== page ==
No dividend for a while: Media company NZME has confirmed it has secured an extension to its existing debt facilities to July 2023. The current facilities with Westpac NZ and Commonwealth Bank of Australia had been due to expire in six months. The new term of the bank facilities provides the Company with certainty of funding for the next three years, but with a 90 basis point increase in the margin to base rates.
Higher interest rate: In 2019 NZME’s net debt reduced by $23.6m to $74.7m and the Board continues to focus on debt reduction. But it seems shareholders keen to see dividends reinstated are out of luck as the facilities restrict distributions until July 2021 at the earliest. As with previous facilities, the new $110m facilities will step down each year to a level of $75m at 31 December 2022. NZME will hold its much anticipated AGM next week.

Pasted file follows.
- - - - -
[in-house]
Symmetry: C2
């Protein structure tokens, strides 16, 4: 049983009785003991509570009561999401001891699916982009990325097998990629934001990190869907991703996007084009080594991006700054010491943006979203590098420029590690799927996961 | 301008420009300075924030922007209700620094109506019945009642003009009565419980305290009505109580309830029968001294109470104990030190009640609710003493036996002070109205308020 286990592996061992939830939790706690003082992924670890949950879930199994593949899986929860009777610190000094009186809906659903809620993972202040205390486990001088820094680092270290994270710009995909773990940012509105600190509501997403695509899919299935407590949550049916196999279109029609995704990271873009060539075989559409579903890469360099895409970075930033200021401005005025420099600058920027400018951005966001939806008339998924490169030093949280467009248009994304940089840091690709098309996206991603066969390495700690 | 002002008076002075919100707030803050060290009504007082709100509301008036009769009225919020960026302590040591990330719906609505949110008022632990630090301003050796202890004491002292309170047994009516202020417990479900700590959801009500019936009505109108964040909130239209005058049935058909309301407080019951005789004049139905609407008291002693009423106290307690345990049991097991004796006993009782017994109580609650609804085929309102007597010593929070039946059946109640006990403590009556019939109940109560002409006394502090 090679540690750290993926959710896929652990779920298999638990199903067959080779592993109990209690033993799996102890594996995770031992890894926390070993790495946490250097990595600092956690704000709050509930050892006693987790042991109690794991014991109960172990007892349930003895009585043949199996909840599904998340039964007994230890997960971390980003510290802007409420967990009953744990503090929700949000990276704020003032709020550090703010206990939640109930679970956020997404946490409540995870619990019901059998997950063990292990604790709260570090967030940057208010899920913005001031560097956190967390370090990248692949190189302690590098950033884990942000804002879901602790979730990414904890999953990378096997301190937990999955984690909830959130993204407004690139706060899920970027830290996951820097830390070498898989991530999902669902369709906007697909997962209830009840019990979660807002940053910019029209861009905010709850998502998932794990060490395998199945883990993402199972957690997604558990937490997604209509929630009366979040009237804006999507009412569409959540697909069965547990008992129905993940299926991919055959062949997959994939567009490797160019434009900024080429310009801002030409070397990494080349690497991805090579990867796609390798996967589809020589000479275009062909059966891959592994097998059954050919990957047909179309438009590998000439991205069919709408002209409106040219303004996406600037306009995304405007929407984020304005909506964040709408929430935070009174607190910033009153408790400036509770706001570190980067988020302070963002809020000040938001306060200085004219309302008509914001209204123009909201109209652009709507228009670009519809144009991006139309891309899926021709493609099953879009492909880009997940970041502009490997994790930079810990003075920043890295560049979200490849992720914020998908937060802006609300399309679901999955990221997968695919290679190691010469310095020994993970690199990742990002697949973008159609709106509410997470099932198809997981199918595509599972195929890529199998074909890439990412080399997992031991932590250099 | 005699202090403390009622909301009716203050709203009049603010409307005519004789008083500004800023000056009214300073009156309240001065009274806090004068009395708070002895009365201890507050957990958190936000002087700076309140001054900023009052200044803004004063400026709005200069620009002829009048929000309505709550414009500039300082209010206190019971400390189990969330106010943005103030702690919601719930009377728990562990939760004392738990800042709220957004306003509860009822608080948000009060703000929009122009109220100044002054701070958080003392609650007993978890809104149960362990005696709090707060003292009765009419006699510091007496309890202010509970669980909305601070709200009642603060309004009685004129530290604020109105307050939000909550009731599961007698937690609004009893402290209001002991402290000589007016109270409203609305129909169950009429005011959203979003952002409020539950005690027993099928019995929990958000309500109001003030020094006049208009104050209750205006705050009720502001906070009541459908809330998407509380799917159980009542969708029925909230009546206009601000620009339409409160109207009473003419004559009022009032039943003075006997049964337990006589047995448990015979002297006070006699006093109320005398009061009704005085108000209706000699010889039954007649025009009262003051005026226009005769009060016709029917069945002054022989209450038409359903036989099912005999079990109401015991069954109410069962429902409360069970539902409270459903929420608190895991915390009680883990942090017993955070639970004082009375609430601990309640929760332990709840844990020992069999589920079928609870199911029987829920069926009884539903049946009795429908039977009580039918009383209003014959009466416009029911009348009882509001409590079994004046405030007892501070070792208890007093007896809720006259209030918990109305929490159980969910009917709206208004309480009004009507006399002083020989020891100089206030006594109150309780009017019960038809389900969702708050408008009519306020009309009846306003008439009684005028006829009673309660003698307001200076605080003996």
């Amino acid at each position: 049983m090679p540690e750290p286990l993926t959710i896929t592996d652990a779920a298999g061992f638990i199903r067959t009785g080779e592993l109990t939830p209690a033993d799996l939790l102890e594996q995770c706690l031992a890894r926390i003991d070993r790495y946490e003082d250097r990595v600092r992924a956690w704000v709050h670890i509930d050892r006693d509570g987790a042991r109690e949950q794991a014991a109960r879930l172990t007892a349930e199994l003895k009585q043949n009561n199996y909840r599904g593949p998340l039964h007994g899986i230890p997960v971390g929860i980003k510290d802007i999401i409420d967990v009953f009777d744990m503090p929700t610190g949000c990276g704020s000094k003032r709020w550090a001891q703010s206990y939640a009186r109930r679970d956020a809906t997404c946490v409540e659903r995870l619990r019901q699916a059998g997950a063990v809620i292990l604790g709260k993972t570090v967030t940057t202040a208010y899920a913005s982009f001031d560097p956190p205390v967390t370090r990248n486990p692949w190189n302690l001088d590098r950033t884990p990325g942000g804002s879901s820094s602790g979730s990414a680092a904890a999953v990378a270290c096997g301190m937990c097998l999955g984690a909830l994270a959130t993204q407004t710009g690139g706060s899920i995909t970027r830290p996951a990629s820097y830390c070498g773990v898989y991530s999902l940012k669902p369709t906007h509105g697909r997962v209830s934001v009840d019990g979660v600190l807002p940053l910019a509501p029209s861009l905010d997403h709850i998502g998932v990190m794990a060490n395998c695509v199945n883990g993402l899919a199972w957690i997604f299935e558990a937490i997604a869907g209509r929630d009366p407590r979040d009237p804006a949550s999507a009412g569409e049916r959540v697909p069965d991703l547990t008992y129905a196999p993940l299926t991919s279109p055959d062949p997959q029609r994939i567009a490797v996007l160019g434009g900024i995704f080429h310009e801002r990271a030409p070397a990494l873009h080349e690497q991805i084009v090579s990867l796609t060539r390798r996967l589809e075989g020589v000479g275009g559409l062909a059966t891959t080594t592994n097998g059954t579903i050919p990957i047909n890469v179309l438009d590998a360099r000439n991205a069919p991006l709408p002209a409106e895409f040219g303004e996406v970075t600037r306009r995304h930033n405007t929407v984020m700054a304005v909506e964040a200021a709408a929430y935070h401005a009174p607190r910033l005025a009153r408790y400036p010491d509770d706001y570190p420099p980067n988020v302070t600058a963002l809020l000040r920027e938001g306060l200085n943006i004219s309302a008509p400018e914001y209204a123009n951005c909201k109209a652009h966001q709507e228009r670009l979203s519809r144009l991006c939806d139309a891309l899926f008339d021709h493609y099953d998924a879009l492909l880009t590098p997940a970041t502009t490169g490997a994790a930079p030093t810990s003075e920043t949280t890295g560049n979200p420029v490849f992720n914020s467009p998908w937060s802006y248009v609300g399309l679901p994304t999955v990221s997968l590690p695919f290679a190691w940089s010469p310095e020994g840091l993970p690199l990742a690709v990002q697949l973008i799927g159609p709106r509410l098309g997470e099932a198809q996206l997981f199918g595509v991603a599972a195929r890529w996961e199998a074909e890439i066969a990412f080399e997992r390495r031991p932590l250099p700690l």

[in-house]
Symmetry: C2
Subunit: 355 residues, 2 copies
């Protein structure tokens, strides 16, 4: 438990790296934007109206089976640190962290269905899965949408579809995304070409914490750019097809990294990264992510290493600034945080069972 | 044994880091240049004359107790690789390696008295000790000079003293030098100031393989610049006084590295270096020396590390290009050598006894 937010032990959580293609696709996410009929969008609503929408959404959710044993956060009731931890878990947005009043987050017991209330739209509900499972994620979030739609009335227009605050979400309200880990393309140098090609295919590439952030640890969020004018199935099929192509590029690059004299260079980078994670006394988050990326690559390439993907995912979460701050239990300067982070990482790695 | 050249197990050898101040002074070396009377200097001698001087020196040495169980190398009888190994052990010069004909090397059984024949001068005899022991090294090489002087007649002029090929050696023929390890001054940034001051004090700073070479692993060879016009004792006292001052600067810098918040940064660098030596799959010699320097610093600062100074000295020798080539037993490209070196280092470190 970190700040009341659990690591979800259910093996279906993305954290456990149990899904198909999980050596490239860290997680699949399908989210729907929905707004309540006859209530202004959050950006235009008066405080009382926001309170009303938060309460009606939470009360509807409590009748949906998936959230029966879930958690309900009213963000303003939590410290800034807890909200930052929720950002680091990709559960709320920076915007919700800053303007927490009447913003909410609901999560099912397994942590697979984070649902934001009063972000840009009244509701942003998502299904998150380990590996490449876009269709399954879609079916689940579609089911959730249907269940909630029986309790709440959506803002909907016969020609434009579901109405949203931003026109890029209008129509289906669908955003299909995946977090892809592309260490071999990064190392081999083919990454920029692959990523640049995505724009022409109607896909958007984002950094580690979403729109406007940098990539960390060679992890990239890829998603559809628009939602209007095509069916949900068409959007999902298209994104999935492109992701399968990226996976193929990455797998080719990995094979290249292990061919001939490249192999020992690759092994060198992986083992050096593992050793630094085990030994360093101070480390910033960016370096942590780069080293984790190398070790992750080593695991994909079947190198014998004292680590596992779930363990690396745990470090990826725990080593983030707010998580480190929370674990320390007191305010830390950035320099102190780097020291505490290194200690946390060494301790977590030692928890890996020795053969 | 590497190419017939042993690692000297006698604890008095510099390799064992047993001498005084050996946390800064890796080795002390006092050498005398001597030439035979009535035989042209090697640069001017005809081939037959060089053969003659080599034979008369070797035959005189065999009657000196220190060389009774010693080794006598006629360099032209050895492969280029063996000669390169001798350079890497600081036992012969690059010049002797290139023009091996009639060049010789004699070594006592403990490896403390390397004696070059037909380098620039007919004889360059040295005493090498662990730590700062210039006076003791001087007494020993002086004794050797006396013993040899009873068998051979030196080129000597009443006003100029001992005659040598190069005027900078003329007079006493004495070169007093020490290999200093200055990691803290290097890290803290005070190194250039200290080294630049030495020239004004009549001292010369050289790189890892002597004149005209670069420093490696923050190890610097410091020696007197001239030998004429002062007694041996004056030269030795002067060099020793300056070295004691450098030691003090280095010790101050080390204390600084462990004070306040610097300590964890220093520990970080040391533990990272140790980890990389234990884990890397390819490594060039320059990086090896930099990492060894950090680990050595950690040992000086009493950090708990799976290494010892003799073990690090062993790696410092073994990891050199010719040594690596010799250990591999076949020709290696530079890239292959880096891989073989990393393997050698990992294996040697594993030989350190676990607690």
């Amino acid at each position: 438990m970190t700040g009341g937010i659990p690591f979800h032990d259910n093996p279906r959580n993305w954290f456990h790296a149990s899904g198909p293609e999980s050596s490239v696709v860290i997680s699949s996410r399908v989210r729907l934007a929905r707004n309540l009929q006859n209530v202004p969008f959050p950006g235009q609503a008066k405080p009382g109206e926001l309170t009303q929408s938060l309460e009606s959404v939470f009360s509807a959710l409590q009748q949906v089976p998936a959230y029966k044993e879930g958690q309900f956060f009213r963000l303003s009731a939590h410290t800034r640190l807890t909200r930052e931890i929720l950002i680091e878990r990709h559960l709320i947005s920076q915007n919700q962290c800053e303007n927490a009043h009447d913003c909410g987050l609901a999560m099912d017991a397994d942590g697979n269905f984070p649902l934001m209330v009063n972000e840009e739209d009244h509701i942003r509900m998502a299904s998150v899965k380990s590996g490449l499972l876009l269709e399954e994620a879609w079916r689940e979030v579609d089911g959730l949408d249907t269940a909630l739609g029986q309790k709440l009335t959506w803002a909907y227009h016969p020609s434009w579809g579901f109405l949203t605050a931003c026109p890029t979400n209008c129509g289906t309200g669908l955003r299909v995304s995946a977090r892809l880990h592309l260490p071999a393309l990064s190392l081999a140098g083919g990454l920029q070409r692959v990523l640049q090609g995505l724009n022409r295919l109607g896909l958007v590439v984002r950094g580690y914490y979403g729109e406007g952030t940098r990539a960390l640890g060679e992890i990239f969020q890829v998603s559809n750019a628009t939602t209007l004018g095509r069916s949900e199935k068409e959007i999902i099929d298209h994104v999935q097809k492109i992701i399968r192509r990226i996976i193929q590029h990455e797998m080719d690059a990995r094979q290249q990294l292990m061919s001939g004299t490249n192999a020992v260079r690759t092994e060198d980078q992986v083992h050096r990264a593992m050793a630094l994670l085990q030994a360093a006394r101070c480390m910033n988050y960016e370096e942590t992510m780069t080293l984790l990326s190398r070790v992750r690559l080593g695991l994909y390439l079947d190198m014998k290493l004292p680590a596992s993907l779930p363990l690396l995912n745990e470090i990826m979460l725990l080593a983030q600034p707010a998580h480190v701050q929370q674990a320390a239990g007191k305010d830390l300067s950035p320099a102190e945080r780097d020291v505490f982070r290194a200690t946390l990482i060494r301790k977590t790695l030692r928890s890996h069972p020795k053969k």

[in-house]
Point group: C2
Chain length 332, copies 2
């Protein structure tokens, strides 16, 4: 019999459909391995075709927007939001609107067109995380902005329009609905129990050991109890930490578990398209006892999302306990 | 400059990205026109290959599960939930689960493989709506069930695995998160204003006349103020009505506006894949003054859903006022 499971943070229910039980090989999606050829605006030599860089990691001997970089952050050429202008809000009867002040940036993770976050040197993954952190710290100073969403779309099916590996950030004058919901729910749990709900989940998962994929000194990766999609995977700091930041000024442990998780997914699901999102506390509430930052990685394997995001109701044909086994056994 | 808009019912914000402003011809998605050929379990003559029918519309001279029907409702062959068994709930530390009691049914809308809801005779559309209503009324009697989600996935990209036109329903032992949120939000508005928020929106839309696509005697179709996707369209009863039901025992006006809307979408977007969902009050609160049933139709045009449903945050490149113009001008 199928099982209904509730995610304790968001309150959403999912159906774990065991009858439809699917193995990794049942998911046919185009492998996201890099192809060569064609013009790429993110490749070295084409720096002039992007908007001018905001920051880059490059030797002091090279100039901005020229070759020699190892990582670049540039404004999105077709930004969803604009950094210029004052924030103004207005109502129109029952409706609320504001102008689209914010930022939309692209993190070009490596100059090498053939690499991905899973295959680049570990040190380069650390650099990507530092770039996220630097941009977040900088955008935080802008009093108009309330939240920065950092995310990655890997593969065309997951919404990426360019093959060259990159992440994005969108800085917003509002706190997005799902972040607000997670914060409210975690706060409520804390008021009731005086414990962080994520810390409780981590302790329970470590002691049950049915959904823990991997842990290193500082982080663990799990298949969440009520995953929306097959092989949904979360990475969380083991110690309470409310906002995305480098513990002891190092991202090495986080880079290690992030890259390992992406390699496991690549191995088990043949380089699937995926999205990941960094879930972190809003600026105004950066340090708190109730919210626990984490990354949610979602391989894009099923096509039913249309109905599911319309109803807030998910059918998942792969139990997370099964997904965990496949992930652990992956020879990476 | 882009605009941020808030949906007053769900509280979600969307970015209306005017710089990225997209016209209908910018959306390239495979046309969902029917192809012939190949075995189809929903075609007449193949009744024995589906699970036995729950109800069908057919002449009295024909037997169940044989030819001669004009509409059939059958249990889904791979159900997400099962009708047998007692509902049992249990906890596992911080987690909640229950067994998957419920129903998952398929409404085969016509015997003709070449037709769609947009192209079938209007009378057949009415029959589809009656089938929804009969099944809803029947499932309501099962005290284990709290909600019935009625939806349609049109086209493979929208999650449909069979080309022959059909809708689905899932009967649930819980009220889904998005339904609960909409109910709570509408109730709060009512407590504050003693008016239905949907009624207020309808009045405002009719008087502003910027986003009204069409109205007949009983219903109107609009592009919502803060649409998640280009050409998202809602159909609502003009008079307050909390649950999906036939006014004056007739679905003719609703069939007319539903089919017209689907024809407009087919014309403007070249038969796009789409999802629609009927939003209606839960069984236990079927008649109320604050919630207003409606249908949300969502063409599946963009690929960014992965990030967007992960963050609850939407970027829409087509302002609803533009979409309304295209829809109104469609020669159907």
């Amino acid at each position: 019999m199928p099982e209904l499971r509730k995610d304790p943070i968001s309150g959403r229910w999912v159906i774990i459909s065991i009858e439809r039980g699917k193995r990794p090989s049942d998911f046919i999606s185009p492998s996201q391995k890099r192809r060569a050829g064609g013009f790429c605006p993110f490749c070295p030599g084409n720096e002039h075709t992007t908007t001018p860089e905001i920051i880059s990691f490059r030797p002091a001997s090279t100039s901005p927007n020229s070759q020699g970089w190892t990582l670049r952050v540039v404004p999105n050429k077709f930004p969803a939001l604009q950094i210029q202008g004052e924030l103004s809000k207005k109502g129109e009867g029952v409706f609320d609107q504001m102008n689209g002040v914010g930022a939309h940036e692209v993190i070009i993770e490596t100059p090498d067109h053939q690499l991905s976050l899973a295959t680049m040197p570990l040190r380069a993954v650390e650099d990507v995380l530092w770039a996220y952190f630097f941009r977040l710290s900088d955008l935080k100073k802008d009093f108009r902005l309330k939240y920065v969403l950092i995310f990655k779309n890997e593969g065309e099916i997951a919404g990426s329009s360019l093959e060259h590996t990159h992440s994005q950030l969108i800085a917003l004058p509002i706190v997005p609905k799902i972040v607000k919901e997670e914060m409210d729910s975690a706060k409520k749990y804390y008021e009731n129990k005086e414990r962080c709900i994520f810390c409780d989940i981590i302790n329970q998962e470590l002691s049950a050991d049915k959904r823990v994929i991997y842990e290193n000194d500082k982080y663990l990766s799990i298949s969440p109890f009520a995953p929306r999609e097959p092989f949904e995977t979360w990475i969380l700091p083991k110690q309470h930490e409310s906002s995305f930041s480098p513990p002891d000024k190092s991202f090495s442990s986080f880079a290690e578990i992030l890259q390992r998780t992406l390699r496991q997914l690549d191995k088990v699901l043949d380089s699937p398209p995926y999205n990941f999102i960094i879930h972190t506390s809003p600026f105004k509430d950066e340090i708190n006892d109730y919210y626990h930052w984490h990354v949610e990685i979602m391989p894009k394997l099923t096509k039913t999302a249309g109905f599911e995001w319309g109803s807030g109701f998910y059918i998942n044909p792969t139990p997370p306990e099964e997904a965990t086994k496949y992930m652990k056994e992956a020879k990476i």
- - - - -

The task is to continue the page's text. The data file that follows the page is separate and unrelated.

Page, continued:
Punters flock back: SkyCity’s gaming business is trading ahead of expectations since it reopened on May 14. Revenue from electronic gaming machines has recovered to 80 percent of the daily average in the eight months preceding the pandemic. By contrast, the casino’s table revenue has experienced a slower start due to physical distancing rules restricting the number of people gathering around a roulette wheel or a game of blackjack. In the last week, table revenue was still only half of normal domestic business.